Shooting ourselves in the head

Joomla Framework and the LGPL - Say No!

This is in response to a potential license change to lgpl for joomla! framework

Joomla was founded on the principle of Open Source Matters and a change to using the LGPL licence for the framework is completely against that. For those of you that don't know the LGPL allows the code to be included in proprietary, closed source software.

How does allowing people to produce closed source software with the Joomla Framework support the principle of Open Source Matters?

Just another rant?

Before you think this is Brian just going off on a rant of his own I'm not alone with this view. The Free Software Foundation, the people behind both the GPL and LGPL licences, agree.

But we should not listen to these temptations, because we can achieve much more if we stand together. We free software developers should support one another. By releasing libraries that are limited to free software only, we can help each other's free software packages outdo the proprietary alternatives. The whole free software movement will have more popularity, because free software as a whole will stack up better against the competition.

Source https://www.gnu.org/philosophy/why-not-lgpl.html available in multiple languages.

It doesn't effect Joomla?

The proposal states that this change is only for the Framework and it has no effect on the CMS but once again that is not 100% true.

Joomla is licenced GPLv2 or later but, and this is very important, the GPLv2 licence is NOT compatible with the LGPL v3 licence. Source: The perils of LGPLv3. Now to be fair the proposal statement does not mention which version of the LGPL would be chosen but if we assume it is the latest version then that would mean a change in the licence for Joomla would be required as well. 

So a statement that says "This potential license change would only apply to the Joomla Framework, but not to the Joomla Content Management System (CMS)." is, potentially, not true. IF the Framework uses LGPLv3 then Joomla would need to change its own licence to GPLv3 in order to use its own framework.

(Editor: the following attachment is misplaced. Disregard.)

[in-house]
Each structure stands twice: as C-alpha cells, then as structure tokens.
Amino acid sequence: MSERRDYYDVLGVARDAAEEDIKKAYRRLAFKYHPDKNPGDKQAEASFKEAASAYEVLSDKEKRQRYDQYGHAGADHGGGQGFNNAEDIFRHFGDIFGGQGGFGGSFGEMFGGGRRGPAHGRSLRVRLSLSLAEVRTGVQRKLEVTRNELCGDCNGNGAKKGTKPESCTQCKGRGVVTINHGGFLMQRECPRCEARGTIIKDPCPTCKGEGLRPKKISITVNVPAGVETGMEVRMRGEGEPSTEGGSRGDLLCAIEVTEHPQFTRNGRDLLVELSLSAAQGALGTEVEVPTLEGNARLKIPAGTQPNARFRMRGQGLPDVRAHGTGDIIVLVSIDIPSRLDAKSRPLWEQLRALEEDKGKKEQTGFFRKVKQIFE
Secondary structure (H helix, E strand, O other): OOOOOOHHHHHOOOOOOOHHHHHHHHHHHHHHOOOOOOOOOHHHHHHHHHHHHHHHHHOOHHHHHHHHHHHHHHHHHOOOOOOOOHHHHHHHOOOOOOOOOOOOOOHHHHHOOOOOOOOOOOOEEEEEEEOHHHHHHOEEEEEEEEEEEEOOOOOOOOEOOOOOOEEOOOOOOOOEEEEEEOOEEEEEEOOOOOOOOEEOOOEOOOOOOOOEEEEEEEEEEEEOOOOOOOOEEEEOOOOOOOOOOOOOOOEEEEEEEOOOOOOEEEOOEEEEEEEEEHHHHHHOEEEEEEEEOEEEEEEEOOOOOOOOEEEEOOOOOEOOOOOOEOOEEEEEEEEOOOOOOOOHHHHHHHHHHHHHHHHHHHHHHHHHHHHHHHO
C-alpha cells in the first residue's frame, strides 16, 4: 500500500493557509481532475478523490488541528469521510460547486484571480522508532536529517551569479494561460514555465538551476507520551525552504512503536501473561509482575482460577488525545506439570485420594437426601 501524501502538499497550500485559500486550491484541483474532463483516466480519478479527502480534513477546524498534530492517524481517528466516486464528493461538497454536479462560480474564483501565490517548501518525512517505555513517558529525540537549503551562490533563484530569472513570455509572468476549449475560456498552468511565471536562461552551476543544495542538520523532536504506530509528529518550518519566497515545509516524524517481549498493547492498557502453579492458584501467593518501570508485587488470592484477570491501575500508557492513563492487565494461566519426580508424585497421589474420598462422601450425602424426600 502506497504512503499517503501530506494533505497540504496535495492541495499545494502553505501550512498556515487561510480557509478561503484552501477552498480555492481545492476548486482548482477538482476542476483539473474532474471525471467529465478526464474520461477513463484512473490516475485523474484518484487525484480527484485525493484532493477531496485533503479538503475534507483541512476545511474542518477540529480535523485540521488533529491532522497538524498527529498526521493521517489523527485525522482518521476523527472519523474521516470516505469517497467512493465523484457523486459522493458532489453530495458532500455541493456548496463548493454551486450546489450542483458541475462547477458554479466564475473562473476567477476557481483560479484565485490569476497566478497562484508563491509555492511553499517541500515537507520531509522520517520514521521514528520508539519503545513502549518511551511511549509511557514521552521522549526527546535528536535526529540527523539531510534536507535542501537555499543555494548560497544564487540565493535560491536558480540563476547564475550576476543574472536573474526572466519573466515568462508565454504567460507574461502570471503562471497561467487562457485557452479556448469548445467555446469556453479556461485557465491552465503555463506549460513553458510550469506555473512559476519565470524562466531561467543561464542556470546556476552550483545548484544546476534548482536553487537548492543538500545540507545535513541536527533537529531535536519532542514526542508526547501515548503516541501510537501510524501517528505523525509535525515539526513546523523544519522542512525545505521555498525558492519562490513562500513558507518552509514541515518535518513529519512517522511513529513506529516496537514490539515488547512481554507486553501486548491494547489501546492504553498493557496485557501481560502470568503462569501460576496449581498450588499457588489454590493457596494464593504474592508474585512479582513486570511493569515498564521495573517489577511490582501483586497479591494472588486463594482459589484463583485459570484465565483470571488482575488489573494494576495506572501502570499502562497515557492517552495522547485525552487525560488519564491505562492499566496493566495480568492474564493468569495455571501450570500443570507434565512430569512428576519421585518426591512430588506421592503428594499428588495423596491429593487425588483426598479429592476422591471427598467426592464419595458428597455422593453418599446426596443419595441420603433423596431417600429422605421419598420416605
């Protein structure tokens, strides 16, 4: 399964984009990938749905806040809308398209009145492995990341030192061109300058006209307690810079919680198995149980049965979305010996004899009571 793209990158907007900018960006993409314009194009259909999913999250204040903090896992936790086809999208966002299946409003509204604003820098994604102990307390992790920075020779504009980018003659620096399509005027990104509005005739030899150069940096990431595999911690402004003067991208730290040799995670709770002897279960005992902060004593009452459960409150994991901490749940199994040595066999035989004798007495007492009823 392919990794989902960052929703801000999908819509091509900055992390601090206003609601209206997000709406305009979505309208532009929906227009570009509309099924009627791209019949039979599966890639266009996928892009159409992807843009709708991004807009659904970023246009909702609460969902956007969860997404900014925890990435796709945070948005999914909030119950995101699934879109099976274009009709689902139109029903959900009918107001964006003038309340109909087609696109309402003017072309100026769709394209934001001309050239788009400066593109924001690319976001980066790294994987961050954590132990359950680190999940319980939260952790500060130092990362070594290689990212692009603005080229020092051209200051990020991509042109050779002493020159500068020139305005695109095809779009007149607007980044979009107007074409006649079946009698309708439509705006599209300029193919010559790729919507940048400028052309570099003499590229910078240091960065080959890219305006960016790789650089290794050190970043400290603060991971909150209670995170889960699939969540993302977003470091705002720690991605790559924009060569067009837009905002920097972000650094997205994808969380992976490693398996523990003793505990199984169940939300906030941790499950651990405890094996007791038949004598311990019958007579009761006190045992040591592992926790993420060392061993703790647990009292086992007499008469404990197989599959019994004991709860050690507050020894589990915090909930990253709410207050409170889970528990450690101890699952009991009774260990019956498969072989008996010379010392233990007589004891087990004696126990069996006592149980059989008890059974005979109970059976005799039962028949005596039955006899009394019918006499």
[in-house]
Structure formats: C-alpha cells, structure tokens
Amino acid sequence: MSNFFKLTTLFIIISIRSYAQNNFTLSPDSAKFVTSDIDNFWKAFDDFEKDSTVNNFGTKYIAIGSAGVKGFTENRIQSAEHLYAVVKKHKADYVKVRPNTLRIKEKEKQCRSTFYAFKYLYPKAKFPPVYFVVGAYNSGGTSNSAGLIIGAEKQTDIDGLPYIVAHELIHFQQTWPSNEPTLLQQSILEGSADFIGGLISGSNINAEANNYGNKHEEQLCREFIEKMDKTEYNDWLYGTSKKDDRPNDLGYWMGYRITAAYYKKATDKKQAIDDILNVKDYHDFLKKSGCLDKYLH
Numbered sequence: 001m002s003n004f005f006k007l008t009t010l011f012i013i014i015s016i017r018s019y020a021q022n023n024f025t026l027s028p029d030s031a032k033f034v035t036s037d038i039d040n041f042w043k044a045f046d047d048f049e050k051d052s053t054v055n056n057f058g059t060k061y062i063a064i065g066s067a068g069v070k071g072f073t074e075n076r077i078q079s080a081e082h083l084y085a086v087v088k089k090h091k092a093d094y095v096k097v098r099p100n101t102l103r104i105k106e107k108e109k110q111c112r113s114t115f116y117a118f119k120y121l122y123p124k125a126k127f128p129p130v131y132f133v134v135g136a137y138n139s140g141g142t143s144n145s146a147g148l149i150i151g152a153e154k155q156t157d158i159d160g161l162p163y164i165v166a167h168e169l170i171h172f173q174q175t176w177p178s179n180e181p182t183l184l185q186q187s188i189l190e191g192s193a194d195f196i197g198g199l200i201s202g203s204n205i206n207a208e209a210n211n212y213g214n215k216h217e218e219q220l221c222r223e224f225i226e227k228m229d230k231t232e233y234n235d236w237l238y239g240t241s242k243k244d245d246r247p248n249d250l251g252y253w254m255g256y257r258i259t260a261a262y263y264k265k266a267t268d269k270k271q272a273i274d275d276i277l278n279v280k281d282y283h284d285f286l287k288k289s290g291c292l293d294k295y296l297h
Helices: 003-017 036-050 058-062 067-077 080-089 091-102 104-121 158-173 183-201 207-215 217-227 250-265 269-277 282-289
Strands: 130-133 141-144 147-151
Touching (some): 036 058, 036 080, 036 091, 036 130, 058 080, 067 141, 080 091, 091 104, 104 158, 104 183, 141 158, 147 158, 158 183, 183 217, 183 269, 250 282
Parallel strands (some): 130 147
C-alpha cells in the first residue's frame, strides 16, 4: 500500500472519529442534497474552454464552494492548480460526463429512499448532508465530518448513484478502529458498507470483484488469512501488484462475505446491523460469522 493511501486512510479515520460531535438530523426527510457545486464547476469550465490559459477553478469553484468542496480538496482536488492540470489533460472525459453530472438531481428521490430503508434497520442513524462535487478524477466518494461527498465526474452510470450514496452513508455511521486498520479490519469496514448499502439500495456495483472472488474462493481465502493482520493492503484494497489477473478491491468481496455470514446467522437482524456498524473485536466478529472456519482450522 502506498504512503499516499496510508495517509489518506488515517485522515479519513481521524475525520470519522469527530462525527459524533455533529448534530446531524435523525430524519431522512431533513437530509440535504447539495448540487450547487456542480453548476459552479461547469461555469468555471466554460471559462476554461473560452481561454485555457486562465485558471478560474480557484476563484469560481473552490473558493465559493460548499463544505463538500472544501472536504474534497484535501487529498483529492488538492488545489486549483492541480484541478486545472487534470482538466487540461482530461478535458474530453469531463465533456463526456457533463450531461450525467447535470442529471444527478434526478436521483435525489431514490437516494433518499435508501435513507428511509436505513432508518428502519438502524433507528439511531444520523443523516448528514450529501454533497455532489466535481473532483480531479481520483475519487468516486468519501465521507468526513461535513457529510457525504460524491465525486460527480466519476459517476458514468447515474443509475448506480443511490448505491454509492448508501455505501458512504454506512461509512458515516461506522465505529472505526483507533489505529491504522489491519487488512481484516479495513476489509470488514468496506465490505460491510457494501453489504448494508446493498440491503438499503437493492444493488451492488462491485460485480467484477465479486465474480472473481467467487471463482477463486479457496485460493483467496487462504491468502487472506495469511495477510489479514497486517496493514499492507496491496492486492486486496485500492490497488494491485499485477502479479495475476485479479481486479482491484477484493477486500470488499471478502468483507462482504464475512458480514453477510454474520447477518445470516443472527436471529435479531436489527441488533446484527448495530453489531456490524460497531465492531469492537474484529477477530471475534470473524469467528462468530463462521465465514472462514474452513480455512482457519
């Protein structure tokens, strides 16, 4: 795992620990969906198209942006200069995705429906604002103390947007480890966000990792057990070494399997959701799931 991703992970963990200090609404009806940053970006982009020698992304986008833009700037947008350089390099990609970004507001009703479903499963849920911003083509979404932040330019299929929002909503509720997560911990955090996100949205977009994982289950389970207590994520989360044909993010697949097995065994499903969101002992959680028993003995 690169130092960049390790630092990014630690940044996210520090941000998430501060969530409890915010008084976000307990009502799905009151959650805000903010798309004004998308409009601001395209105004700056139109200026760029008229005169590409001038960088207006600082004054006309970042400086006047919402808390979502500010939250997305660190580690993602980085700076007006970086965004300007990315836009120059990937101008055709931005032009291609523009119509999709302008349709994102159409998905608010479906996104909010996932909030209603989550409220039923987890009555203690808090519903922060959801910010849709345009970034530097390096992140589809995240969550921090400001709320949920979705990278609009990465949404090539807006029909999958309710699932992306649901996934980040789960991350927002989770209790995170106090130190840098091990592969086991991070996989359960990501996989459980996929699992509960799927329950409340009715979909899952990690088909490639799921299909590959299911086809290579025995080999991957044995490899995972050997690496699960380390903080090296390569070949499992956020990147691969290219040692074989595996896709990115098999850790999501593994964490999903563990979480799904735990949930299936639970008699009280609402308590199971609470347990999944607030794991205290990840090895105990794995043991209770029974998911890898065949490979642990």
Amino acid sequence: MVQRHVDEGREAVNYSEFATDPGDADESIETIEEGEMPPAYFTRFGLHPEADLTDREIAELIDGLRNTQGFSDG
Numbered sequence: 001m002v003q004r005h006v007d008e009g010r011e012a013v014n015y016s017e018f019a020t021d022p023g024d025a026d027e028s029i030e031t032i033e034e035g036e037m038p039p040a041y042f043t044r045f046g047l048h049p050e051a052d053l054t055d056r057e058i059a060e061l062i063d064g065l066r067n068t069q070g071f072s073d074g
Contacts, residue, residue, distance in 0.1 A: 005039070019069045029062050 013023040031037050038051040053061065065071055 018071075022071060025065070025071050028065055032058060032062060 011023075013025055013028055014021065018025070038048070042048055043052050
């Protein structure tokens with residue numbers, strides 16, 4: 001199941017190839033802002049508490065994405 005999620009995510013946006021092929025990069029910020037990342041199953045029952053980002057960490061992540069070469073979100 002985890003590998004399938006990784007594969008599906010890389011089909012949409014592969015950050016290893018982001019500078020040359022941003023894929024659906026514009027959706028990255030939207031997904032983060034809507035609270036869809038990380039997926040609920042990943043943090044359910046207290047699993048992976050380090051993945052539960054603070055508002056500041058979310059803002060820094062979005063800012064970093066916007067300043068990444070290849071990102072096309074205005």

UPDATE: The original post at joomla.org has now been updated to clarify that it is referring to LGPLv2.1 but this still effects Joomla!

Joomla only allows extensions to be created under the open source GPLv2 or later licences but with this proposal the Joomla Framework would allow "applications" written with the Joomla Framework to be under a closed source proprietary licence. So now we have to try and explain to "users" that no the Joomla Framework is NOT the software that Joomla is written with and is at the moment, and for the foreseeable future unrelated, so you have to use GPL for Joomla but you don't for the Framework but don't think you can use the Framework with Joomla because it's not the same thing. Yes that's right the Joomla Framework is not Joomla - it is something completely different which may or may not be used by Joomla at some time in the future. Confusing? Yes it sure is. Two unrelated products sharing the same name but with different code and importantly different rules. IF the Joomla Framework had a different name then that confusion would go away and one objection to the LGPL licence change would be removed.

But our competitors use LGPLv3?

While some use a more permissive licence than the GPL others do not. Drupal for example uses GPLv3.

Who benefits?

The only people that really benefit are those people who want to take the Framework and use it in a proprietary piece of software. Are those same people likely to contribute to the Framework itself and help to develop it?

Open Source Matters

This is our founding principle. If someone won't use the Joomla framework because they want to use it to produce closed source, proprietary software then tough luck go and find another php framework to use.

In Summary

  • This is against the principle of Open Source Matters
  • This would, probably, mean changing the licence of Joomla to GPLv3
  • Confusion abounds - two products with the same name with different rules
  • The argument about competition is irrelevant.
  • This only benefits those who wish to take open source software and use it in proprietary closed source software.
  • And once againt this is against the principle of Open Source Matters

Comments are welcome here but perhaps you should be commenting on the official thread in the forum

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